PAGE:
Jews read sections of the Torah each week, and these sections, known as parshiyot, inspire endless examination year after year. Each week we will bring you regular essays examining these portions from a queer perspective, drawn from the Torah Queeries online collection, which was inspired by the book Torah Queeries: Weekly Commentaries on the Hebrew Bible.
I love the Torah. I love it’s weird, dreamtime way of teaching. I love that one verse reveals something ugly and painful and the next verse is sweetness and light. I love this because it’s a true reflection of life as I know it – there are parts of life that are just plain horrible and others that are pure, stunning beauty, and sometimes they go hand in hand. The Torah gives this over without flinching, with no sense of contradiction, and with no apologies. The sweet and the bitter are marbled in the Torah, just as they are in real life. This week’s portion offers three such marbled verses: VaYikra 10:1-3. Here is the scene: After months of preparation, the Tabernacle, the portable sanctuary the Israelites used after the Exodus from Egypt, has been built and we are about to conduct our first rite. Moses’ brother, Aaron, performs a couple of sacrifices, blesses the congregation, the sacrifices are consumed and then:
Aarons’s sons, Nadab and Abihu, each took his fire pan, they put fire in them and placed incense upon it; and they brought before HaShem an alien fire that had not been commanded of them. A fire came forth from before HaShem and consumed them, and they died before HaShem. Moses said to Aaron: Of this did HaShem speak, saying: “I will be sanctified through those who are nearest Me, thus I will be honored before the entire people;” and Aaron was silent.
Typically there are two reactions to this piece of text: 1) “They got what they deserved and so will you if you defy God,” or 2) “If this is the God you want me to worship, I’m outta here.”
Both of these positions seem dull and simplistic to me. The Torah is neither dull nor simplistic. Torah is complicated and challenging and invites us to think and feel deeply. It is trying to prod us into being partners with God, to bring about a time of repair and wholeness in our fractured world, by any means necessary. With that in mind I’ve tried to tease out some wisdom and guidance from this harsh and cryptic scene.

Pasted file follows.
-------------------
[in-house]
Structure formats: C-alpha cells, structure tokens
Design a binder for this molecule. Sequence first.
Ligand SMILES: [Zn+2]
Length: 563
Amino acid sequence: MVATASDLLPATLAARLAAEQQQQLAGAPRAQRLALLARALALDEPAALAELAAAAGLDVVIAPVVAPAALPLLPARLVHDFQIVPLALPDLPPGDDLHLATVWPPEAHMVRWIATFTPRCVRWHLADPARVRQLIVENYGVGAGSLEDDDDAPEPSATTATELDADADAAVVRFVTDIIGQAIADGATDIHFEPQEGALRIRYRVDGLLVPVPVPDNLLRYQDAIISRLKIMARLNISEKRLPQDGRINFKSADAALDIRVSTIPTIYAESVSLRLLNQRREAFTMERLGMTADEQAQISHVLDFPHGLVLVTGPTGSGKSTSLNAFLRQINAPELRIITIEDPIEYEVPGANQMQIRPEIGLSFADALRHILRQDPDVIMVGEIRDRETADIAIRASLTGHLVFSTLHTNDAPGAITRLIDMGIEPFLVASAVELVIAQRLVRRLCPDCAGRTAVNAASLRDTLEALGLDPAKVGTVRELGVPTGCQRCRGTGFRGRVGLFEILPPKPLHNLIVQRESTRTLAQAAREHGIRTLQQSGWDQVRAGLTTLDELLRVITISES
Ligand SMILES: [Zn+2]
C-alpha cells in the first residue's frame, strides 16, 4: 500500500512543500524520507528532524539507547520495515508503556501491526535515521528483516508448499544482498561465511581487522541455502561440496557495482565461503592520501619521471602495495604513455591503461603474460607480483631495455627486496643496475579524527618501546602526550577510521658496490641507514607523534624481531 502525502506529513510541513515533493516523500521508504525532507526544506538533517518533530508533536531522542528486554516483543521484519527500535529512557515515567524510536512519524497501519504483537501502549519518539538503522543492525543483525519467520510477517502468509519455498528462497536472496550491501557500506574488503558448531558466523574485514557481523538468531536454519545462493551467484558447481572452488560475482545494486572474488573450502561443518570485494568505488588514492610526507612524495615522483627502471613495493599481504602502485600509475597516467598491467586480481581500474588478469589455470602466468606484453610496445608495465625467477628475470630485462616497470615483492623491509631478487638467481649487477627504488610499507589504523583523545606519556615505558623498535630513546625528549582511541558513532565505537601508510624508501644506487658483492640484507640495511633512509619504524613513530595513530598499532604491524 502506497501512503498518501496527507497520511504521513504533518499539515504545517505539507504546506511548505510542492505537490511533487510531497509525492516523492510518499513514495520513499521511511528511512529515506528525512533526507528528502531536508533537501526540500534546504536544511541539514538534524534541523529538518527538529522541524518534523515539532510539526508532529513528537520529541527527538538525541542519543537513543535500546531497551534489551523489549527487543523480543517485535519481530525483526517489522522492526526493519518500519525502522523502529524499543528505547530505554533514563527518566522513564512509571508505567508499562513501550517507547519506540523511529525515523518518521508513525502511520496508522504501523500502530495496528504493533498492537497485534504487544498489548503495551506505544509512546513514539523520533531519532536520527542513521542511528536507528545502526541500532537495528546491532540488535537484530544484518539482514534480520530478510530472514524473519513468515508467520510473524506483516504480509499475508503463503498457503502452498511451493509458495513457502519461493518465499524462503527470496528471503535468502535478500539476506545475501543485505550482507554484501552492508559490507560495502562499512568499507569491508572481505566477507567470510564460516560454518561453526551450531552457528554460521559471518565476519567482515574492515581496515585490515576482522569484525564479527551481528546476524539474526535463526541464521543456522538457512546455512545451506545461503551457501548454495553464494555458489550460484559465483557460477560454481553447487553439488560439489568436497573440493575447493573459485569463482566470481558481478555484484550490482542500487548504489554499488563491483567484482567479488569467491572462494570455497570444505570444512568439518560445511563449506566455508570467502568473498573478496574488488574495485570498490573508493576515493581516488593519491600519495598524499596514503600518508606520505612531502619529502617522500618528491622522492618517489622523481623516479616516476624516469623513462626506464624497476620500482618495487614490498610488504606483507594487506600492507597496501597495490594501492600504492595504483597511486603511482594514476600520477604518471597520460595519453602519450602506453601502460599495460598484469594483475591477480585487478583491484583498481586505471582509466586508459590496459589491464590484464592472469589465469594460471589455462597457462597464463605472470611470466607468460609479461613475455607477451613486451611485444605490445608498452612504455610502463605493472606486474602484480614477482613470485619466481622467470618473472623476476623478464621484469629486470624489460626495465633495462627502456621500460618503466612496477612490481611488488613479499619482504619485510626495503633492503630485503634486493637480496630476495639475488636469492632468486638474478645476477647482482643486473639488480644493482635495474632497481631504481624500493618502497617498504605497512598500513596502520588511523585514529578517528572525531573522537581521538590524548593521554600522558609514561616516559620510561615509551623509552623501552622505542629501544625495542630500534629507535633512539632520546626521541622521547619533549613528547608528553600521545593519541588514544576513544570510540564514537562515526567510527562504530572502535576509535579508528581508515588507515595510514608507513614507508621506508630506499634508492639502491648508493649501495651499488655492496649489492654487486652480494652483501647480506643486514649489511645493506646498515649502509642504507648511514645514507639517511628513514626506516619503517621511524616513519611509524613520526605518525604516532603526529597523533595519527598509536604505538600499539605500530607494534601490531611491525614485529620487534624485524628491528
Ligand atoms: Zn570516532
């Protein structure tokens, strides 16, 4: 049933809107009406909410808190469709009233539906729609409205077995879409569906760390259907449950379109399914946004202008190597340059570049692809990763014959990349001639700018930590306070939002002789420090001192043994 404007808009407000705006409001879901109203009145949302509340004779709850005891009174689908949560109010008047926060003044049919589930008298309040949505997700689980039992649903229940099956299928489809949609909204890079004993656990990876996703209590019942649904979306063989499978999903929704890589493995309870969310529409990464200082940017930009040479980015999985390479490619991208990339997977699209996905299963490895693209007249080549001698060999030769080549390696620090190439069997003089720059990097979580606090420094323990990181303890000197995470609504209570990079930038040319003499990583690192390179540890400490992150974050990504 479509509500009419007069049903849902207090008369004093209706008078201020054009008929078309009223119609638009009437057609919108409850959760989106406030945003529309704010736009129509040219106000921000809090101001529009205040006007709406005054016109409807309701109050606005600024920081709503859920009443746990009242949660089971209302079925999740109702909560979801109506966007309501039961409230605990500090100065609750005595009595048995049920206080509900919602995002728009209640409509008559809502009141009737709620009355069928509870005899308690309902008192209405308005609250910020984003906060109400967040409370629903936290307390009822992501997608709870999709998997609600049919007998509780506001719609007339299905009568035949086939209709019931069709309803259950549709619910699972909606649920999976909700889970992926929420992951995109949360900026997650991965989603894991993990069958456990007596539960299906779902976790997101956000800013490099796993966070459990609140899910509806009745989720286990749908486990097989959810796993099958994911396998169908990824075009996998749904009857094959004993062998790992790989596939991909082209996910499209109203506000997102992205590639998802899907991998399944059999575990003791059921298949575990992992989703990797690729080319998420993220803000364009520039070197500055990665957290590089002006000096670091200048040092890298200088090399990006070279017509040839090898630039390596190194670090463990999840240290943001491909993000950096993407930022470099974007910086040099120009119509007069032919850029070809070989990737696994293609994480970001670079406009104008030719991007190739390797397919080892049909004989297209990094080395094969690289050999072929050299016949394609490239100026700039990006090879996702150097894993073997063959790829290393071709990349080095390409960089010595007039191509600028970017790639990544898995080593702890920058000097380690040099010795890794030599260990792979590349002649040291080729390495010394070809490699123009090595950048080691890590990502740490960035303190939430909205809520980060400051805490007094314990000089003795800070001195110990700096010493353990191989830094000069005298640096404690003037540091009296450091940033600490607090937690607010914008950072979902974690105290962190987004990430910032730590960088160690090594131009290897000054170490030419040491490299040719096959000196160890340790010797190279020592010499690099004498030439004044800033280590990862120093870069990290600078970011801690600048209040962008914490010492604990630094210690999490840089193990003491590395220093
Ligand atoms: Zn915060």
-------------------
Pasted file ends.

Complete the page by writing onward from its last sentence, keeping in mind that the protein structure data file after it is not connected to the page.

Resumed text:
Reading this piece I think of the murders of Harvey Milk, Matthew Shepard, Brandon Teena and Gwen Araujo. Year after year we have witnessed our queer children being consumed by fire. As a Jew, I’m familiar with this horror. And I’m also familiar with all the wrestling and grappling we have had to do to move past our tragedies. When we find ourselves witnessing incomprehensible destruction we have to ask, “What must we do to transform this banal act of violence into an affirmation of life?” Answering that question is the key to transcending human judgment so that we can enter into a full and deep relationship with God through each other.
As the text teaches us: “I will be sanctified through those who are nearest Me, thus I will be honored before the entire people.”
My friends, getting near God is rarely easy, safe or painless. When moments of random violence strike, some of us seek reasons to lay blame and some of us, like Aaron, are stunned and silent. It is in that silence that deep strength, wisdom and courage are born; courage to look at death head on and still stay on the path; wisdom to know that God works through both blessing and curse; and strength to choose blessing.
Death is inevitable, and sometimes it comes unexpectedly and roughly. In our grief we stand at a silent juncture. We can blame, we can run, or we can sort out the opportunities for more violence from the opportunities for more closeness. In that sorting we choose to frame our loss as a sacrifice which cuts through bigotry, oppression and ignorance. Both the Jewish and queer communities have performed social alchemy by transforming unspeakable acts of hatred and violence into art, legislation, ritual, education and beauty. We have squeezed wisdom out of ignorance, and sanctity out of depravity. We have written plays, and created foundations; we have sewn and sung and studied. We have not been diminished through death. Rather, we have blossomed. We have grieved and suffered to be sure, but as it is written, we have “turned our mourning into dancing” (Psalm 30).
Jews and queers have always been accused of being different, alien and inferior. Thankfully, we have generally resisted those judgments. Instead we have persevered in our unique way of being. We have mirrored exactly what this week’s raw piece of text teaches. We have offered strange fire. We have suffered death. We have witnessed these traumas as a community and we have found sanctity, closeness and honor. We are blessed to have a Torah that teaches us to not shy away from life’s bitter moments, but to take them with both hands and offer them up as sacrifices. May our capacity to learn, heal and grow always outweigh our tendency towards judgment and blame. And may the memory of our loved ones be for a blessing for us, and for all the world.